In a Dutch oven over medium heat, add the grapeseed oil. When hot, add the onion to cook for a couple of minutes then add the sliced sausages. Cook, stirring occasionally, until the sausages have browned. Add the garlic and the Cajun seasoning and stir to combine. Add the greens and mix as well, then the broth. Bring to a simmer then cover to cook for about 25-30 minutes until the greens are quite soft, stirring occasionally. Add the lemon juice towards the end and stir to combine.

Friday, February 8, 2013

Herb-Crusted Black Cod with Olive-Lemon Chard

It's that time of the bi-week where we get our Siren SeaSA drop. This time we came close to getting herring but were just as happy to get black cod fillets again. Time for a new method of preparing them. I based this one on an Epicurious recipe. I didn't quite agree with the amounts so putting the ones I used here. YMMV.

Simmering the lemon to soften it for the chard sauce

Whole coriander and cumin seeds

Toasting the seeds in my trusty small iron skillet

toasted and ...

... pounded

Cod fillets

Dusting the fillets

Finishing up the fillets on the heat

Lots of chard leaves

Prepared lemon

Lemon mixed with the pitted olives

1 lemon
2 teaspoons coriander seeds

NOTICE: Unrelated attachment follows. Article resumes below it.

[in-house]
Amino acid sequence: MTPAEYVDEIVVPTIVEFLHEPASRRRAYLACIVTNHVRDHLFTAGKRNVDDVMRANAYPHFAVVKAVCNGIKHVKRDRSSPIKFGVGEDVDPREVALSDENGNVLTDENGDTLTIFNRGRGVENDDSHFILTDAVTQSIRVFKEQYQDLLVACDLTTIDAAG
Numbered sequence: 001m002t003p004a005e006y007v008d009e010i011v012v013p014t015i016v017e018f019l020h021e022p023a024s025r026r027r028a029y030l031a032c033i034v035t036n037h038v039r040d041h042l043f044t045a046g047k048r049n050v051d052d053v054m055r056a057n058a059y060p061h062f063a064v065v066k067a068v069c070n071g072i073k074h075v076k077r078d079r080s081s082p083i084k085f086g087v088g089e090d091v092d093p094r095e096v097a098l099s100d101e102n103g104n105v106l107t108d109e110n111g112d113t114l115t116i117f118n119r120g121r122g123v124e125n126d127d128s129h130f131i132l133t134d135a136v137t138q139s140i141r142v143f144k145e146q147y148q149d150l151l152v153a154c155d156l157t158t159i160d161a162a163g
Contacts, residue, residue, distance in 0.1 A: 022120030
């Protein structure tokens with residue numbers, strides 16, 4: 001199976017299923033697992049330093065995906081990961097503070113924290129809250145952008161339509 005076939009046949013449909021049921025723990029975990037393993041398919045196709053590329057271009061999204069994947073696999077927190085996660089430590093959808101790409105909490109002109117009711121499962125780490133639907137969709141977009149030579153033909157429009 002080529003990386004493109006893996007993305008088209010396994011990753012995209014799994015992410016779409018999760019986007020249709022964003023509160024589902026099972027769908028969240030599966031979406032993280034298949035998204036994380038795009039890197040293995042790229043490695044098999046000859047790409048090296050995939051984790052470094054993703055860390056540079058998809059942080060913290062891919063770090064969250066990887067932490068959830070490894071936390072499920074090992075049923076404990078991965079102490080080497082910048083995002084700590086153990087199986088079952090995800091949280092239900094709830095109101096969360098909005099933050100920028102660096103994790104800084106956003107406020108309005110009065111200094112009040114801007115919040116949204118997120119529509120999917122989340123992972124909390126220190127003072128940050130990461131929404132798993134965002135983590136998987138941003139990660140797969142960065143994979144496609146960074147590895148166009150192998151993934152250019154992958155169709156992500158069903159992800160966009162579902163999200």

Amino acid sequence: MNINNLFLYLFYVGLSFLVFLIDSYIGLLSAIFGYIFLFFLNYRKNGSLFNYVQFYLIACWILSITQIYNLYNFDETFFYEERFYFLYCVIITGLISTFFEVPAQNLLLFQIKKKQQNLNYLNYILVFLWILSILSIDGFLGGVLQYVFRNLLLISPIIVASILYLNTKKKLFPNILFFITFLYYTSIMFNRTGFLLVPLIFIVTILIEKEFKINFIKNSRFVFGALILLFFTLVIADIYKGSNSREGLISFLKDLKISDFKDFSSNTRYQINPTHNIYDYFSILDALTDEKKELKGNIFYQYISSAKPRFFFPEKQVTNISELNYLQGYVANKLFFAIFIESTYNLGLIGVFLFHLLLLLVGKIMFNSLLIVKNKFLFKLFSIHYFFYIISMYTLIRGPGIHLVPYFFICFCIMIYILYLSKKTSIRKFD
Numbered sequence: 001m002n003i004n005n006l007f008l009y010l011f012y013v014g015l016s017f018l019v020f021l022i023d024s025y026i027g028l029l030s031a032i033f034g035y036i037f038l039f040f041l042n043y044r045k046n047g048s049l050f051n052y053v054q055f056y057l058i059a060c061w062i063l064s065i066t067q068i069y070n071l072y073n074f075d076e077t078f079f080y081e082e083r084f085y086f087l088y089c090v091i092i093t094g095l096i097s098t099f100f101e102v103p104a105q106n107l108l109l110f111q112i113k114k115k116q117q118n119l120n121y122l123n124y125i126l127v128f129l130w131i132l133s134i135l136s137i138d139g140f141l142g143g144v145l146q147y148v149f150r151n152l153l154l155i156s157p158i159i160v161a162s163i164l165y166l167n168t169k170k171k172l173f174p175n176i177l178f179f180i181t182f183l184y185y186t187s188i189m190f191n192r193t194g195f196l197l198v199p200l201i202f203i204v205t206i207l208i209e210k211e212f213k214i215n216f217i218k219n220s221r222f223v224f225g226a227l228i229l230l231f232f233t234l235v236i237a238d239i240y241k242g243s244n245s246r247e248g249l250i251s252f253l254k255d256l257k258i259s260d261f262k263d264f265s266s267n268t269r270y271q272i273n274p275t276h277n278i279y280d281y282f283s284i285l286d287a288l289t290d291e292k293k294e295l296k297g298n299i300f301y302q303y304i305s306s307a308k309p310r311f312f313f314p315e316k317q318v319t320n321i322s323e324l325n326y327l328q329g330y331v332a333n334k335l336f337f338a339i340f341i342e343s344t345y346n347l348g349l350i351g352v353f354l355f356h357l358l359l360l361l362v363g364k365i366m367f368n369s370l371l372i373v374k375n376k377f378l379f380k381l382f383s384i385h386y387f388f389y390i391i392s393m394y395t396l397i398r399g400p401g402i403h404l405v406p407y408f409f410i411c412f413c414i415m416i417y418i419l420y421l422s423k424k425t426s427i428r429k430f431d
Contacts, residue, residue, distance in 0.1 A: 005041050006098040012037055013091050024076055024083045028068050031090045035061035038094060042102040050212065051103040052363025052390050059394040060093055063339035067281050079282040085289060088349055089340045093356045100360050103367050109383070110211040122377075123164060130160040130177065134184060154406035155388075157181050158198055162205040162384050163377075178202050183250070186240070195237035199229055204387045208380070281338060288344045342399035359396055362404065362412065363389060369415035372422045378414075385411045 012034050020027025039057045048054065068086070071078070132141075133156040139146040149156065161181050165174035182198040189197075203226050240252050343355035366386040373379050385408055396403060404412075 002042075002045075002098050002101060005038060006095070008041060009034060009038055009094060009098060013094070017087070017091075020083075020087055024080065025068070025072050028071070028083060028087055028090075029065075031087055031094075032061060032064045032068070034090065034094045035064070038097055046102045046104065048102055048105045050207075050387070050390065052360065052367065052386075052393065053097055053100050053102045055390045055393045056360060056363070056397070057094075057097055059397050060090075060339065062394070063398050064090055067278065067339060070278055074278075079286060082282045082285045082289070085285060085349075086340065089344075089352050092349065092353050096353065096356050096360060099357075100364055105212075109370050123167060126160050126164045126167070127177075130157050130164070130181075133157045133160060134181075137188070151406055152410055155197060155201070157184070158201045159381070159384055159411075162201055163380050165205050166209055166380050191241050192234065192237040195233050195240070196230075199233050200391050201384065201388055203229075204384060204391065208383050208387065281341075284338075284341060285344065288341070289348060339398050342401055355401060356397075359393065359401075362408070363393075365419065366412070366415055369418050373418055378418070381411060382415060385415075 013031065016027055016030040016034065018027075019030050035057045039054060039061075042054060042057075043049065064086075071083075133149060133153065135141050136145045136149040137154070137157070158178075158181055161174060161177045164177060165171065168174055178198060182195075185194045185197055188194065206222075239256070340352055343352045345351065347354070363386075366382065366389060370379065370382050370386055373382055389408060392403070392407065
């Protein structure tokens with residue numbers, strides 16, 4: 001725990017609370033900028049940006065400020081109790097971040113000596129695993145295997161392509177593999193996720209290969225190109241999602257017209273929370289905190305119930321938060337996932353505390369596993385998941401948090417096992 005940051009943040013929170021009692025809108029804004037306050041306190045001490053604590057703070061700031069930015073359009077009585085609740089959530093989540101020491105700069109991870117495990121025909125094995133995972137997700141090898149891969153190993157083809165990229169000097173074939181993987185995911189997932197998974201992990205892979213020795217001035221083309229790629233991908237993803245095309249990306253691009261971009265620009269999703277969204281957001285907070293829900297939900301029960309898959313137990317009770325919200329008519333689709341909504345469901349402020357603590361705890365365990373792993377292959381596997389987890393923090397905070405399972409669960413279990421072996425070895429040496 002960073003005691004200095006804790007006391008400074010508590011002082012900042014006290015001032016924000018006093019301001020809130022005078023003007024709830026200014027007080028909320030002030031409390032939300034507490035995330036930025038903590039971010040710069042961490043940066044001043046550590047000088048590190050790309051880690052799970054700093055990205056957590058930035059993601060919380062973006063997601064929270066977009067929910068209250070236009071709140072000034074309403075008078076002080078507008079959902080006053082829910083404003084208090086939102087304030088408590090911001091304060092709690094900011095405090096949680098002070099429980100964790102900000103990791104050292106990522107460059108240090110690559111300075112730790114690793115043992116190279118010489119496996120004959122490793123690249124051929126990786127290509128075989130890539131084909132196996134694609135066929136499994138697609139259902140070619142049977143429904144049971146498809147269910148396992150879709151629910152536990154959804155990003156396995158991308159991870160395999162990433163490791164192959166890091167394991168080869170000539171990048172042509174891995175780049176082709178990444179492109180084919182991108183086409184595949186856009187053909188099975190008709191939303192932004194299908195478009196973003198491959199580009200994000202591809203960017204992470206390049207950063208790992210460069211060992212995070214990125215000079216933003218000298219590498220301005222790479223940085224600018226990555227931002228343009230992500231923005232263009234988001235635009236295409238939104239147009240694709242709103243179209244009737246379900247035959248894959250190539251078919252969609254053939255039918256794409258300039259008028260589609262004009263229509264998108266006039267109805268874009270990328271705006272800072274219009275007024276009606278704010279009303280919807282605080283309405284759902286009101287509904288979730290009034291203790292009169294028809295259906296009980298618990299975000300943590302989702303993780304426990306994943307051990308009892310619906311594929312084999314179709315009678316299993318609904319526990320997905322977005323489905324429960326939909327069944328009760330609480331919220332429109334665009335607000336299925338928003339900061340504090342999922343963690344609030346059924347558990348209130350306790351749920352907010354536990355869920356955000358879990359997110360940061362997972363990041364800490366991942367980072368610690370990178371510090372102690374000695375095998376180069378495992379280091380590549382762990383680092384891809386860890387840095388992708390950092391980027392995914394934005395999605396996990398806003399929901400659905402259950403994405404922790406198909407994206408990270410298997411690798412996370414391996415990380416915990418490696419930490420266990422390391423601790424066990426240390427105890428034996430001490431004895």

2 teaspoons cumin seeds
2 teaspoons sea salt 
2 teaspoons whole black peppercorns
4 tablespoons olive oil, divided
2 6-ounce pieces skin-on black cod fillets
2 garlic cloves, peeled and crushed
pinch of crushed red pepper flakes
2 large bunches Swiss chard (about 1 1/2 pounds total), ribs and stems removed, leaves torn
2 tablespoons oil-cured black olives, pitted, chopped

Place the lemon in a small saucepan adding water just to cover. Place a small heatproof bowl filled with water inside the saucepan on top of the lemon to keep it submerged. Bring the water to a boil then reduce the heat to a simmer cooking until the lemon is very tender when pierced with a fork, about 30 minutes. Drain, then cut the lemon in half to cool.
Scoop out the pulp from both lemon halves with a spoon and press it through a coarse-mesh sieve over a small bowl making sure to also clean the bottom of the sieve into the bowl. Discard whatever seeds and/or solids remains in the sieve. Finely chop the peel to also add to the pulp. Set aside.
Toast the whole coriander and cumin seeds in a small skillet over medium-high heat, stirring often, until slightly darkened and fragrant, making sure not to burn them.
Pound the coriander and cumin seeds with the salt and peppercorns in a spice mill or with a mortar and pestle. Rub the spice mixture onto all sides of the fillets. 
Heat 2 tablespoons of the oil in a large skillet over medium-high heat then place the fillets skin side down in the skillet. Cook until browned and crisp, about 5-6 minutes. Turn then cook until just opaque in the center and the fish starts to flake, about 2-4 minutes more.
Meanwhile, heat remaining 2 tablespoons oil in another large skillet over medium heat. Add the crushed garlic and crushed red pepper flakes. Cook, stirring, until the garlic is translucent and fragrant, about 30 seconds. Add chard by the handful, tossing and allowing it to wilt slightly between additions. Cover the skillet and cook, tossing occasionally, until all of the chard is tender, 5-7 minutes. Set aside.
Mix olives and reserved lemon mixture into chard. Season with salt, pepper, and more crushed red pepper flakes, if desired. Serve fish with chard.